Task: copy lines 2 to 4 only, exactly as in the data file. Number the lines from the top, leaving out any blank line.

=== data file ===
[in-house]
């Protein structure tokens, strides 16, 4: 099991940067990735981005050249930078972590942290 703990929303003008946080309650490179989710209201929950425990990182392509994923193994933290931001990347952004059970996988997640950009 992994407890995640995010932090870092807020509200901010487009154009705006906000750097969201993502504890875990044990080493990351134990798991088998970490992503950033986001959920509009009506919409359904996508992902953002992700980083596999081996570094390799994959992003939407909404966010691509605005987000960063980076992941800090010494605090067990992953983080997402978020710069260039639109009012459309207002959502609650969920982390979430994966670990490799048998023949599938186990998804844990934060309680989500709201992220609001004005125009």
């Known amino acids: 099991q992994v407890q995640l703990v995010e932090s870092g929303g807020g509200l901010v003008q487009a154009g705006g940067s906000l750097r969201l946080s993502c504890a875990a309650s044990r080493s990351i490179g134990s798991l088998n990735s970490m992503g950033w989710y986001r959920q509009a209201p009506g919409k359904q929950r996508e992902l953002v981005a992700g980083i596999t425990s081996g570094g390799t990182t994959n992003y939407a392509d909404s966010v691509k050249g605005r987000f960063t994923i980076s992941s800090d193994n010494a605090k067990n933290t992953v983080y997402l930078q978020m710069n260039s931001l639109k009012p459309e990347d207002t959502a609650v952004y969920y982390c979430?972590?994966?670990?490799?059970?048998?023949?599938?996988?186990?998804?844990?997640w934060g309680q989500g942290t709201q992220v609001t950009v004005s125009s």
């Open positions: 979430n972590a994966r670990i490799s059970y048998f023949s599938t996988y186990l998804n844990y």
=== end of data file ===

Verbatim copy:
């Protein structure tokens, strides 16, 4: 099991940067990735981005050249930078972590942290 703990929303003008946080309650490179989710209201929950425990990182392509994923193994933290931001990347952004059970996988997640950009 992994407890995640995010932090870092807020509200901010487009154009705006906000750097969201993502504890875990044990080493990351134990798991088998970490992503950033986001959920509009009506919409359904996508992902953002992700980083596999081996570094390799994959992003939407909404966010691509605005987000960063980076992941800090010494605090067990992953983080997402978020710069260039639109009012459309207002959502609650969920982390979430994966670990490799048998023949599938186990998804844990934060309680989500709201992220609001004005125009």
């Known amino acids: 099991q992994v407890q995640l703990v995010e932090s870092g929303g807020g509200l901010v003008q487009a154009g705006g940067s906000l750097r969201l946080s993502c504890a875990a309650s044990r080493s990351i490179g134990s798991l088998n990735s970490m992503g950033w989710y986001r959920q509009a209201p009506g919409k359904q929950r996508e992902l953002v981005a992700g980083i596999t425990s081996g570094g390799t990182t994959n992003y939407a392509d909404s966010v691509k050249g605005r987000f960063t994923i980076s992941s800090d193994n010494a605090k067990n933290t992953v983080y997402l930078q978020m710069n260039s931001l639109k009012p459309e990347d207002t959502a609650v952004y969920y982390c979430?972590?994966?670990?490799?059970?048998?023949?599938?996988?186990?998804?844990?997640w934060g309680q989500g942290t709201q992220v609001t950009v004005s125009s």
């Open positions: 979430n972590a994966r670990i490799s059970y048998f023949s599938t996988y186990l998804n844990y």